Doctor insights on:
Family Member With Mrsa
Wow: Not enough space to answer fully but in a nutshell: be available and supportive but not smothering. Respect the dignity and decisions of your family member (assuming he/she is competent) even if you don't agree. Keep petty family arguments and infighting out of the picture. Go with him/her to the oncology visits if you can. Just be your honest self. ...Read more
An elderly hospitalized family member tested positive for vre. Should other family members who visit get tested or worry about getting infected?
No: Worry serves no purpose and can only detract from your enjoyment and meaning spending time with your family member. Many of us harbor resistant bugs but they are themselves no more aggressive than the ones in our mouths, only more troublesome to treat should they get a foothold, which in healthy younger folks is unlikely. Wash you hands like you ordinarily would and cherish the time with others. ...Read more
Complex: Although behavioral issues may be similar to alzheimer's, here meds are a bit more involved. Need antiplatelet drug to prevent more strokes, and clopidogrel or Aggrenox may be useful. The best tested drugs for this kind of dementia are donepezil and galantamine (galantamine hydrobromide). ...Read moreSee 1 more doctor answer
Set Clear Boundaries: Set clear boundaries and stick to them. Sometimes these have to be severe, e.g. Not allowing the person in your home. Remember that the usual controls of behavior, like conscience, maybe largely absent and that talking a good line is likely to have little to do with reality so that one has to impose boundaries based on behavior. ...Read moreSee 1 more doctor answer
Challenging: Alzheimer's can affect memory and organizational skills, but can also affect behaviour. Therefore, be aware that inappropriate reactions are due to the disease and not the intrinsic prior character. Most pts require a diligent caregiver most of the day. Best to keep home events on a constant schedule, and avoid any changes which might confuse the member. More info available from the alz assoc. ...Read more
It is uncommon: For hospitals to restrict cell phone use anymore. There used to be concerns about emi ( electrical interference) but this proved not to be true. We actually give(loan) our patients families cell phones to carry so we can contact them if we need to. ...Read moreSee 1 more doctor answer
STAPH INFECTION: Yes it can be if it is an open wound. ...Read more
Realistic support: Persons with emotional disorders need support. However, they also need to have mirrors so that they can see what others see. Part of emotional disorders is the inability to truly see oneself. ...Read more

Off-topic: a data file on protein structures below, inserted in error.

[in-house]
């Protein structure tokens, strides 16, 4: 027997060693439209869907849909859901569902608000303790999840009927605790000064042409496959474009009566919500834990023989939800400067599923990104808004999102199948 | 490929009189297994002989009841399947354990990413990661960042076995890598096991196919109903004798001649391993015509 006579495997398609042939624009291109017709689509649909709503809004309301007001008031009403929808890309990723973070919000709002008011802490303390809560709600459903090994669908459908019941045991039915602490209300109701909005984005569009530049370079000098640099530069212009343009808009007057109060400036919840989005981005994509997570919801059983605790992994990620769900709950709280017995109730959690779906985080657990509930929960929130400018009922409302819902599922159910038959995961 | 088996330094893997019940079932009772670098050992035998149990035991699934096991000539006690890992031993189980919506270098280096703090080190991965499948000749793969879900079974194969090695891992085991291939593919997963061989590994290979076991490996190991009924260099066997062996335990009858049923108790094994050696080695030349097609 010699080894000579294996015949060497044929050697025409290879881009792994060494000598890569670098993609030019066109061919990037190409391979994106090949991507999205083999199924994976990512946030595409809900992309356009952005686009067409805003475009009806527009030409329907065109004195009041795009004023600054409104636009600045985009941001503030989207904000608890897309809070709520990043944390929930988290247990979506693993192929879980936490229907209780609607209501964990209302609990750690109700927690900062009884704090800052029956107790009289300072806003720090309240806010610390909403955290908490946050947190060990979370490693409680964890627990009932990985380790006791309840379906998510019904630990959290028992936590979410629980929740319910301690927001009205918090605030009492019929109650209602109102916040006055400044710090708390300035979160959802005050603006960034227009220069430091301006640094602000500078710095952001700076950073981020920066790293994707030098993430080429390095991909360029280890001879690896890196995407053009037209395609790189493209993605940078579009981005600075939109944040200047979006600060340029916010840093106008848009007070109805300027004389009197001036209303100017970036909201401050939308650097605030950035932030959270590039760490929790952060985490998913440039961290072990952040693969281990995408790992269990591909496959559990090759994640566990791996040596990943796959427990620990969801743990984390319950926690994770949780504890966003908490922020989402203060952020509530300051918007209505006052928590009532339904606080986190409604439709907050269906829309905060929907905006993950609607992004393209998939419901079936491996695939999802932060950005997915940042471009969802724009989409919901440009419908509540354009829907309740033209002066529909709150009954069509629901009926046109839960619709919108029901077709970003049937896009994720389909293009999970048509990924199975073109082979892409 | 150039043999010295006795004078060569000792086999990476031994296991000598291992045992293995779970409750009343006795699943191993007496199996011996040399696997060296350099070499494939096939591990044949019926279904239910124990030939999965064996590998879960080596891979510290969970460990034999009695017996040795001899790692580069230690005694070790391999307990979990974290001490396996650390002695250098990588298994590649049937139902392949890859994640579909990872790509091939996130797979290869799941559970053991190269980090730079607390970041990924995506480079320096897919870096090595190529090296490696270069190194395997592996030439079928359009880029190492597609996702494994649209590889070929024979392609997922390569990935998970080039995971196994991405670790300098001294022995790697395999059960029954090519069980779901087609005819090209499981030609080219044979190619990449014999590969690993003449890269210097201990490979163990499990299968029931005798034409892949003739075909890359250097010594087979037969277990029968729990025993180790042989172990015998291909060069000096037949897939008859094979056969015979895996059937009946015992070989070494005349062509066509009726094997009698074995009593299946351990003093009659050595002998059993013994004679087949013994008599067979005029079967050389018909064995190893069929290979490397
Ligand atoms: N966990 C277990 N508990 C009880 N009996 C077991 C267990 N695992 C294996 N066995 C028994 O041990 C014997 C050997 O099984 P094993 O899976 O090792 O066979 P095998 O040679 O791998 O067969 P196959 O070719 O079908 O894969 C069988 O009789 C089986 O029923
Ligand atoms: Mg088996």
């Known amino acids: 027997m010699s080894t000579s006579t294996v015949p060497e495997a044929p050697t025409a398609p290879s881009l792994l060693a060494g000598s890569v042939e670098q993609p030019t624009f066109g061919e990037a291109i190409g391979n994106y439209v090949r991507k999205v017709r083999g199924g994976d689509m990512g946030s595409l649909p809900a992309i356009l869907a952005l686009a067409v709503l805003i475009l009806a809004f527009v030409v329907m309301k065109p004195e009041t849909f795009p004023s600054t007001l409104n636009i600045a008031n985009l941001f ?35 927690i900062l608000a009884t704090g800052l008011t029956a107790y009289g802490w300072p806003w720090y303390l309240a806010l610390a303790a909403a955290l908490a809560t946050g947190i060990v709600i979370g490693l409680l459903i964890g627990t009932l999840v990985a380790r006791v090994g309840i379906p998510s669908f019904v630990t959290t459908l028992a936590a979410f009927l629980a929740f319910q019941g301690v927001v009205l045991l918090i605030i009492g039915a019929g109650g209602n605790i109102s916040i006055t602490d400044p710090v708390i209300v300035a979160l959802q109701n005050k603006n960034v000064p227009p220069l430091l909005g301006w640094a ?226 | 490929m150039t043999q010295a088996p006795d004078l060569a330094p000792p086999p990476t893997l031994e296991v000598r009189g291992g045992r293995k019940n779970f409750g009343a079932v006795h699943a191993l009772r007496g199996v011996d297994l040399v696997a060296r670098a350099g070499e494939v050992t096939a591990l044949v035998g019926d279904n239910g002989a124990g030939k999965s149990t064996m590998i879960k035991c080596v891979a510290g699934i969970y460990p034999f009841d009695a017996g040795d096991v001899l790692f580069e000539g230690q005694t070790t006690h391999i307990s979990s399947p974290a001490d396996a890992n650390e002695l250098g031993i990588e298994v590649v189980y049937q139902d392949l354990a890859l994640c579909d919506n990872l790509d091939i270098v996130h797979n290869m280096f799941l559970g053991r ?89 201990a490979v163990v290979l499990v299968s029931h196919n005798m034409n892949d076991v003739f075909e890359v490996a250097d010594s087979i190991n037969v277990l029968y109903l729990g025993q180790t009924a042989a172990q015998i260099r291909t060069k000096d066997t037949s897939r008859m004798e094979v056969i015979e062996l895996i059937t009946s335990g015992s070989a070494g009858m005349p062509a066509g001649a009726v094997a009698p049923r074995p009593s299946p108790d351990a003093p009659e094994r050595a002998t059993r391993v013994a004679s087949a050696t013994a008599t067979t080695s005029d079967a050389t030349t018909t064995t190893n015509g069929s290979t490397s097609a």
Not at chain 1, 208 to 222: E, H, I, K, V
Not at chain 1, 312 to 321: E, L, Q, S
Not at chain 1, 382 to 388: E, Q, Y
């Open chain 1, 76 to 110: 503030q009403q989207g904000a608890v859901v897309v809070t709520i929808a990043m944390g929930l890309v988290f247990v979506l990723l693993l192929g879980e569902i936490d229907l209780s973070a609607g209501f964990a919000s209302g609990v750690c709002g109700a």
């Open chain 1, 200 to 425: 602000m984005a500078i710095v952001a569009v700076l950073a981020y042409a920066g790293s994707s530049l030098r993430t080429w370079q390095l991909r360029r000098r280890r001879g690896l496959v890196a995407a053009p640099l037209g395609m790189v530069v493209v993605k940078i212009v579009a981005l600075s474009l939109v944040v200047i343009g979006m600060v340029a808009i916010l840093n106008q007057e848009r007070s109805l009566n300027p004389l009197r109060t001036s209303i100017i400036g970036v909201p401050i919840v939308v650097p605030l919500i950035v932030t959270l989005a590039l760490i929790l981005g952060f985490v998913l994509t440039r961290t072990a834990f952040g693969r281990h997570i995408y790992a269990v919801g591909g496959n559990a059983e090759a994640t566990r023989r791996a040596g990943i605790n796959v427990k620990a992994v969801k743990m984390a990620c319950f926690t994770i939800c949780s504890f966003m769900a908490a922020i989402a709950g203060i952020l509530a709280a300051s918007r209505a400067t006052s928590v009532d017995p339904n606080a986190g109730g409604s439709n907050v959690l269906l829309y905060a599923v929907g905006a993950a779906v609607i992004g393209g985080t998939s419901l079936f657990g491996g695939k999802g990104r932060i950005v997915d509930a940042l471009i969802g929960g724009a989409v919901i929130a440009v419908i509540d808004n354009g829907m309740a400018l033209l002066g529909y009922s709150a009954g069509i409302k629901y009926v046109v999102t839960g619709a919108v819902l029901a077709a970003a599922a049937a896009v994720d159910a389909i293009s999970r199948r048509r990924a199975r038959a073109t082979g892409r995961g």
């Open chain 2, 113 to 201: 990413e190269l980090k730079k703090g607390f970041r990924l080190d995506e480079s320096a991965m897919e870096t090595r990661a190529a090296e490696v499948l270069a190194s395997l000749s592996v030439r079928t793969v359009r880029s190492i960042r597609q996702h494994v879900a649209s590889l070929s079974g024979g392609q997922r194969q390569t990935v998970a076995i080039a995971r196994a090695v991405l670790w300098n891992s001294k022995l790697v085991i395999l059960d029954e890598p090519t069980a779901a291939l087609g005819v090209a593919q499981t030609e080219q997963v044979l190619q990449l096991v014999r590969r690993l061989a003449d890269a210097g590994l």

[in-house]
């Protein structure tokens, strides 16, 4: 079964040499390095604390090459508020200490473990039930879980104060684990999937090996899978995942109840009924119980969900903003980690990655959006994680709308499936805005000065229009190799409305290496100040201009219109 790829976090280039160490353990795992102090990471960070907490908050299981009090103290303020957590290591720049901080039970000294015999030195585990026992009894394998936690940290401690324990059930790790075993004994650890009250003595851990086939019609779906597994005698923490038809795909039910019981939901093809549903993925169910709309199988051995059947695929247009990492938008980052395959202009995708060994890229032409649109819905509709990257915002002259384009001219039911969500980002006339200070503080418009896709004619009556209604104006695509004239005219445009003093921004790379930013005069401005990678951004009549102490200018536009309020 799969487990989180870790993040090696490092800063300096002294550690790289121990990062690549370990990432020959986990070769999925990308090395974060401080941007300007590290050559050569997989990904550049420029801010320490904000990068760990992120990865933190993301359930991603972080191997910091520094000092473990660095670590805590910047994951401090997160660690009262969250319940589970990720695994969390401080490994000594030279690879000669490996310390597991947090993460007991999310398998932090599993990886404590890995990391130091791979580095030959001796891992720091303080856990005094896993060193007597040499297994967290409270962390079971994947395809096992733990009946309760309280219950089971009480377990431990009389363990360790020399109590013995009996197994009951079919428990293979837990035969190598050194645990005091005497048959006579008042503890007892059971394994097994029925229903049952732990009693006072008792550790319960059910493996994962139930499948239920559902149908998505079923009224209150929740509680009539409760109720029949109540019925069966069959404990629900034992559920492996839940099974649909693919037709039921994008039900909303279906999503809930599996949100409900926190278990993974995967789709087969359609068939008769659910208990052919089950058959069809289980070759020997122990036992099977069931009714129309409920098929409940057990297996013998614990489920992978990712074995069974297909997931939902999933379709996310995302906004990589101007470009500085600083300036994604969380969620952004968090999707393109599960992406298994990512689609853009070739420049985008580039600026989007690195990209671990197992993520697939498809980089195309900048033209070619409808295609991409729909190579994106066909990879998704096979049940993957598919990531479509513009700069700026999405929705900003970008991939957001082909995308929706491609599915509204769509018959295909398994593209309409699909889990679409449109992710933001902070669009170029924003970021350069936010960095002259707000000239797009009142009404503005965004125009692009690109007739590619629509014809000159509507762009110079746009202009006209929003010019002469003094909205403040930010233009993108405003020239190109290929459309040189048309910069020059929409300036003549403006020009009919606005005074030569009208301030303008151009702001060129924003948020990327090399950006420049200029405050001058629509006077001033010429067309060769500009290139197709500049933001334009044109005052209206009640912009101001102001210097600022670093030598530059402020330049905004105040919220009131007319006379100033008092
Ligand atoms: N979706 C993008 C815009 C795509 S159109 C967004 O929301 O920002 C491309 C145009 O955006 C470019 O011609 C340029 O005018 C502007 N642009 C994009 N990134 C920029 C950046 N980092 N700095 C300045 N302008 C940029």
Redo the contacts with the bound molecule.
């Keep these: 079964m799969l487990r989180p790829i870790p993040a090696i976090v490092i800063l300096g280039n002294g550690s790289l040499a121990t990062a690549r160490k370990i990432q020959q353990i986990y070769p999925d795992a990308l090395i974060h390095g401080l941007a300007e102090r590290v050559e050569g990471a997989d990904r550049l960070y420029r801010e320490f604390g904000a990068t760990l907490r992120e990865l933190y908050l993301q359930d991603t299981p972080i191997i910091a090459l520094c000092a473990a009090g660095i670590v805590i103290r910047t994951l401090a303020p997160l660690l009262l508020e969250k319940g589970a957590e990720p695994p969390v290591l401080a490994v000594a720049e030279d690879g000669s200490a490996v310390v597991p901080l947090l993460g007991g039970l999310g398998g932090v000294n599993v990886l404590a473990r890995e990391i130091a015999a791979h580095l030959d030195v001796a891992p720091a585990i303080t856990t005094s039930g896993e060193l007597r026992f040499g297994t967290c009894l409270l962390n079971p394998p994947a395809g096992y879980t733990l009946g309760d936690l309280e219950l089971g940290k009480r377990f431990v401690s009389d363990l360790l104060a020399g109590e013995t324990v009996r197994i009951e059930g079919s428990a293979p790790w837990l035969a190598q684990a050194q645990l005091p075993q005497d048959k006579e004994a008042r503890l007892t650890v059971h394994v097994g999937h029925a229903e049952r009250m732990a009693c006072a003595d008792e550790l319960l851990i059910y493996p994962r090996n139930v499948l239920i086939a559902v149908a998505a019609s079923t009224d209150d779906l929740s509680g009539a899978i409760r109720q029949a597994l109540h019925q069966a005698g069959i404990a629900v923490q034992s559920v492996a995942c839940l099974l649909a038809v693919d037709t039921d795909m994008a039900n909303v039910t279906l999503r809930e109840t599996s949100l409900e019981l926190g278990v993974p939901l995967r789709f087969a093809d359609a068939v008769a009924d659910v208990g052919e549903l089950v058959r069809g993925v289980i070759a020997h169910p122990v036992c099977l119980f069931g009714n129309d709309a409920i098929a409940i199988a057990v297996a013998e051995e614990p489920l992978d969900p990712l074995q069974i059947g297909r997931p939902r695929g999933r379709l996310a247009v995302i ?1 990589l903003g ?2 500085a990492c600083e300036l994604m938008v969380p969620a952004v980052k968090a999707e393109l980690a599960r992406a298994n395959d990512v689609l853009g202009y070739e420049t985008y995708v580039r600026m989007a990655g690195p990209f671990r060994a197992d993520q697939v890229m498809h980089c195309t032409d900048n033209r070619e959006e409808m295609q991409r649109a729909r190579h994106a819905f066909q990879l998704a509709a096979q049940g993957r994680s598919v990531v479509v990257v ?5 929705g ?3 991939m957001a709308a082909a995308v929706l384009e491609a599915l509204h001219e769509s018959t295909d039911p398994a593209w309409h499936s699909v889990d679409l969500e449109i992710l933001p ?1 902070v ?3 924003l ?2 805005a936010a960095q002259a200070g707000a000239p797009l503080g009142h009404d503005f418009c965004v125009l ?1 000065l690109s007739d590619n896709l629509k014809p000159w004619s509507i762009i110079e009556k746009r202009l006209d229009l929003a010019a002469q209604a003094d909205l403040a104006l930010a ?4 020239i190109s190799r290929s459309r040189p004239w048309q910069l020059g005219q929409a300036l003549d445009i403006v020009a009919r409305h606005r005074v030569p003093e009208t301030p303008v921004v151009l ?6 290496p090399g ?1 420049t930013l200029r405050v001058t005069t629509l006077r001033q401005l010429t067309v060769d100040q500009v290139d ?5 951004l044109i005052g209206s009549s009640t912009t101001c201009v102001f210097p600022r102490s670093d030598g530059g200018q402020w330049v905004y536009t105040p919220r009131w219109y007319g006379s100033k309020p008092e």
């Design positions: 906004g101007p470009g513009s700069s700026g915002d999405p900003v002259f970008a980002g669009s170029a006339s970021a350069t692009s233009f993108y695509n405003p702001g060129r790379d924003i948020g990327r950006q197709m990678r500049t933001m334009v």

Other than immediate family members (mother father brother sister) should any other family member's medical history be taken in consideration as well?
Grandparents too!: When considering close family history, i also want to include grandparents. Although uncles, aunts, cousins may not be as important, include their information if you have it. ...Read more
Is there a standard set of genetics tests for a person who has 2-3 close family members with cancer?
Genetic counselling: You will need to have a genetic counselling. They will be able to tell you your risk for possible genetic abnormality/syndrome and what tests you would need to have. There is no a standard set of genetics tests -all will depend on your family history of cancer. ...Read moreSee 1 more doctor answer
If a family member has ovarian cancer, can genetic screening determine if other family members will get the disease?
Yes: Ovarian cancer, especially pre-menopausal ovarian cancer is a rare disease and i recommend family members of such patients atleast have a genetics consultation to talk about testing. Brca-1 and brca-2 mutations put women at a much higher risk of developing ovarian, breast and endometrial cancers. More common in jewish women. Hnpcc (lynch syndrome) also increases the risks of female cancers. ...Read moreSee 1 more doctor answer
Thanks for asking!: A spouse with alzheimer's disease should be able to attend the funeral of his or her spouse, unless there is concern for the safety of the living spouse or others due to extremely agitated, combative behavior. Other relatives & loved ones can help the surviving spouse feel supported & comfortable w/ the surroundings. ...Read moreSee 1 more doctor answer
Very gently: People who truly have narcissistic personality disorder are exquisitely sensitive to criticism or perceived slights. These can result in verbal attack or sometimes a complete cutting off -- both painful for you. Depending on my relationship with this family member, i would tread carefully, protect my own boundaries, and do extreme self-care after being with them. Might even get help myself. ...Read more
Information, calm: I suggest keeping calm, and not allowing yourself to be overcome with emotion. Make sure you are giving your family member accurate information. Be clear that it is impossible to predict the future with certainty, despite our medical technology. Many treatments are available. It is also important to address the patient's spiritual needs in a time like this through prayer and meditation. ...Read more
Understanding: Most importantly is to help your family member by understanding them and their condition first. They need your support and empathy most of all because this can be very disabling and embarrassing for them. Also see if they are seeing a doctor and/or psychiatrist on regular basis to treat this disorder effectively. They may need your help getting to appointments and getting meds as well. ...Read more
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